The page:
Ant Fungi EPProject reference: 221041
Funded under :
From ecology to mechanisms of the extended phenotype
Total cost:EUR 214 192,91
EU contribution:EUR 214 192,91
Coordinated in:United Kingdom
Topic(s):PEOPLE-2007-4-1.IOF - Marie Curie Action: "International Outgoing Fellowships for Career Development"
Call for proposal:FP7-PEOPLE-2007-4-1-IOFSee other projects for this call
Funding scheme:MC-IOF - International Outgoing Fellowships (IOF)
Social insects are among the great achievements of organic evolution and their societies represent a major evolutionary transition in life’s move towards complexity. Consequently, insect societies have historically held a considerable interest for both biologists and lay people. One particularly interesting and rapidly developing field for evolutionary biologists is the interaction between social insects and their parasites, because the unique features of social systems may shape parasite exploitation strategies. My proposal will use Cordyceps, a parasitic fungus of ants, as a tool to examine host-parasite relationships within complex societies. This fungus dramatically manipulates ant behaviour before killing them. Building upon my unique understanding of the ecology of ant manipulating Cordyceps I will expand to examine the phylogeny and biogeography of Cordyceps on a global level, with a special focus on manipulative traits (Pierce lab at Harvard). My objectives are to resolve relationships within the ant infecting Cordyceps, test the hypotheses that this group has an Asian centre of origin and test if it is ecologically specialised on certain hosts. I will also investigate behavioural manipulation in a phylogenetic context. The knowledge gained during the outgoing phase will inform a research program during the return host phase (Talbot Lab, University of Exeter), where I will examine the molecular biology of behavioural manipulation of ants by Cordyceps. As such, I propose a project that, in addition to maximizing my professional training, will allow me to combine ant-parasite evolutionary ecology with molecular fungal biology to address fundamental questions in evolutionary biology. This fellowship would facilitate further training and promote my independence upon my return to the ERA. As well as its potential to foster synergisms between a third country and the ERA, it will significantly increase my prospects of obtaining a faculty position in the UK.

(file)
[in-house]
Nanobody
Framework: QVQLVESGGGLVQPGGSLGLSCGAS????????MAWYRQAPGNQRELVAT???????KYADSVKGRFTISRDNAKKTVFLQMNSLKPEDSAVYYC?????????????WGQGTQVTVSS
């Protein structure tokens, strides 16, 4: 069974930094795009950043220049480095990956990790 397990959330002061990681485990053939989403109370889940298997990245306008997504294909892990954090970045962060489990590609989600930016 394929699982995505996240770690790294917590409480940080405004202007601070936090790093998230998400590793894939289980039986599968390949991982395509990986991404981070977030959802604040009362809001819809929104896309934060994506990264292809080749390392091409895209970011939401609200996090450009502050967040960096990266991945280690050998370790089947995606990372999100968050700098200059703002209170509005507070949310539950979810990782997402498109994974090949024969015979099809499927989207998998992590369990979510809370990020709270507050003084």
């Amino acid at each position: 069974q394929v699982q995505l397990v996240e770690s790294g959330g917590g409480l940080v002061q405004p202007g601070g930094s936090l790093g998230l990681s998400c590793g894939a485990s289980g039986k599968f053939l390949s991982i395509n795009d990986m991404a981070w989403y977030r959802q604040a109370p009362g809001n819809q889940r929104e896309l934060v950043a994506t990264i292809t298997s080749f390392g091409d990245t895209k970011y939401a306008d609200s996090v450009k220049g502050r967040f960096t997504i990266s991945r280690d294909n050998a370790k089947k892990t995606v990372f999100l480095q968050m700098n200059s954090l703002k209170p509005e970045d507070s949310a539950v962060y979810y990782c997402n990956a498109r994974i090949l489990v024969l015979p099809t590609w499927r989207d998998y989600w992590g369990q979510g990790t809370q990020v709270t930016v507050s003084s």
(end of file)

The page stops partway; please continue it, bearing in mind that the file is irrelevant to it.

EX4 4QJ EXETER
Tel.: +441392 263744
Fax: +441392 263686